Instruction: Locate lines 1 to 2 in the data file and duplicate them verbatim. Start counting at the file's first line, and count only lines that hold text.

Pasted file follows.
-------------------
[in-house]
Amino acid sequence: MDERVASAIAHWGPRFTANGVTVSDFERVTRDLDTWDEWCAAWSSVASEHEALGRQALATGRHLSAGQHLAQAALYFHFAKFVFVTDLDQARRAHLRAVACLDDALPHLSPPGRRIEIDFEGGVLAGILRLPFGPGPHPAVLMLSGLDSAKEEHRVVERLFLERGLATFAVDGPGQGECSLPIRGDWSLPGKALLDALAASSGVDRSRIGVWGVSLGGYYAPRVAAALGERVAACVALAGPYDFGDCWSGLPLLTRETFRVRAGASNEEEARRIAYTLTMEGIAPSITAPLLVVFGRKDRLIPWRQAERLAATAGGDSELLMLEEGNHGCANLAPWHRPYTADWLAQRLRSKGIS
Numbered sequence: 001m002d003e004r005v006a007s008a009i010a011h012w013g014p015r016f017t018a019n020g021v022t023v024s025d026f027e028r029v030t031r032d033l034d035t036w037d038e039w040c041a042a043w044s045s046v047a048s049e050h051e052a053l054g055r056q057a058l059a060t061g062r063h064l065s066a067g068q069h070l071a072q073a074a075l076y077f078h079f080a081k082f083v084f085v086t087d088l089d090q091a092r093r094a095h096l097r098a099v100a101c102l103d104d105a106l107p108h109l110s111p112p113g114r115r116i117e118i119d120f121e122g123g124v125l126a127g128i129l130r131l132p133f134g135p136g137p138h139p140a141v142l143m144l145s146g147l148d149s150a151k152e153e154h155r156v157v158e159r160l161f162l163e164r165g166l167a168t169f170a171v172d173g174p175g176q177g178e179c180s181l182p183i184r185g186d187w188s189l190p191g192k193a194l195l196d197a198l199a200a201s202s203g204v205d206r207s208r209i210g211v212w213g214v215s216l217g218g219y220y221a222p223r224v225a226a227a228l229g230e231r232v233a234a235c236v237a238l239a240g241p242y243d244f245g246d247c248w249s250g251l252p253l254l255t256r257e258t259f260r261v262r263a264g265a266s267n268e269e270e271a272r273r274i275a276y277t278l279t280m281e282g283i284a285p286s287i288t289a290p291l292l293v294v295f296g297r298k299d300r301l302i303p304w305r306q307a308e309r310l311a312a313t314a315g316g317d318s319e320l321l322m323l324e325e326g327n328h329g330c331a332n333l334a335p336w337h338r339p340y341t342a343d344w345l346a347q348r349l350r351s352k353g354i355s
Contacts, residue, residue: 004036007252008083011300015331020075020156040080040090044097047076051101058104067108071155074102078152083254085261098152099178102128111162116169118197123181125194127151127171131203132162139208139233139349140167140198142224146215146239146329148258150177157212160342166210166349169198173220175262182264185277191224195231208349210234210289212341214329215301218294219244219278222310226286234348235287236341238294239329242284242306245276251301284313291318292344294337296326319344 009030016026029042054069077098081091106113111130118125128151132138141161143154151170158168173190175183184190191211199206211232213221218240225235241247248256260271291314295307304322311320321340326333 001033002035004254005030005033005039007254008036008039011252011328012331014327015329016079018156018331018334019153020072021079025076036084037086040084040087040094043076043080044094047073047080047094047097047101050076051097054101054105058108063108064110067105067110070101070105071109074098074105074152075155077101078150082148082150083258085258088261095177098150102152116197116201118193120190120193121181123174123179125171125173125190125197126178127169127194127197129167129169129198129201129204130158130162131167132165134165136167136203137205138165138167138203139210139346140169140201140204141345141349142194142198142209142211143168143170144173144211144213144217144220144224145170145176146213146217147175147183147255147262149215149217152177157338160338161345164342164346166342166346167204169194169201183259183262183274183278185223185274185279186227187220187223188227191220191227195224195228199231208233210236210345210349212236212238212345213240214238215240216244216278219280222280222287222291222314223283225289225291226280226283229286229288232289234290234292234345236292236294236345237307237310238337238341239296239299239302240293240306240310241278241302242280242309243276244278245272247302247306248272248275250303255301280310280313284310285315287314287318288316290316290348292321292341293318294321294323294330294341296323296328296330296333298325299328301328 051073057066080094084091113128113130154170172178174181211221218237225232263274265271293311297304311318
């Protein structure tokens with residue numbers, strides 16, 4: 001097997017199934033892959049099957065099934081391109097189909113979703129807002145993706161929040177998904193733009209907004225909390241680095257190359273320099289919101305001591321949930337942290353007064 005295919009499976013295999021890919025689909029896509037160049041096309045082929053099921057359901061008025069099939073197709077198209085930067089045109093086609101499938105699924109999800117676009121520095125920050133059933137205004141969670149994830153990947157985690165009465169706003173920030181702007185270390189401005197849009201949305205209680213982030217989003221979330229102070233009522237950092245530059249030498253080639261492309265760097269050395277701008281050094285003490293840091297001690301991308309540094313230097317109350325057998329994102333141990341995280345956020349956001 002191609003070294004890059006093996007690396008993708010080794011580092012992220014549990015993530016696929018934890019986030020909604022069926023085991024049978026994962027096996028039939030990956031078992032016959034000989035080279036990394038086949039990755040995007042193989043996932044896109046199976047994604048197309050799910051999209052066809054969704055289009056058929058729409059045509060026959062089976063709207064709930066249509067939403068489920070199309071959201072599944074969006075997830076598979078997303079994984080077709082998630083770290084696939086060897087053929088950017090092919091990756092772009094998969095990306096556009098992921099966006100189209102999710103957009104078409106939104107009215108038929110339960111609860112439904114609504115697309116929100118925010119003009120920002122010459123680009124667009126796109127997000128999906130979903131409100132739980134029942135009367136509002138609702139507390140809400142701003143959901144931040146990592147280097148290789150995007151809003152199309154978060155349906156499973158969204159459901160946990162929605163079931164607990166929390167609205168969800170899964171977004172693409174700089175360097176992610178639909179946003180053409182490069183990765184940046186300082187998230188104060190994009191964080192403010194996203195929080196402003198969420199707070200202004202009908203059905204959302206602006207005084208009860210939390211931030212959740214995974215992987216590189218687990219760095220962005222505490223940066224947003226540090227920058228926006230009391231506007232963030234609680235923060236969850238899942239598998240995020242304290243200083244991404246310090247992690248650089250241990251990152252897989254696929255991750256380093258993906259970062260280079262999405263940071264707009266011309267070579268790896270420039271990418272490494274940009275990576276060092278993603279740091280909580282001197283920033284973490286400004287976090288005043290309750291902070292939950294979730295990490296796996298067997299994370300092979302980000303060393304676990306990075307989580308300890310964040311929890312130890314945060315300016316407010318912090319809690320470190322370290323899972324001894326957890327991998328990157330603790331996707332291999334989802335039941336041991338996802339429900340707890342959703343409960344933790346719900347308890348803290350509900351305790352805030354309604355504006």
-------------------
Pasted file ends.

[in-house]
Amino acid sequence: MDERVASAIAHWGPRFTANGVTVSDFERVTRDLDTWDEWCAAWSSVASEHEALGRQALATGRHLSAGQHLAQAALYFHFAKFVFVTDLDQARRAHLRAVACLDDALPHLSPPGRRIEIDFEGGVLAGILRLPFGPGPHPAVLMLSGLDSAKEEHRVVERLFLERGLATFAVDGPGQGECSLPIRGDWSLPGKALLDALAASSGVDRSRIGVWGVSLGGYYAPRVAAALGERVAACVALAGPYDFGDCWSGLPLLTRETFRVRAGASNEEEARRIAYTLTMEGIAPSITAPLLVVFGRKDRLIPWRQAERLAATAGGDSELLMLEEGNHGCANLAPWHRPYTADWLAQRLRSKGIS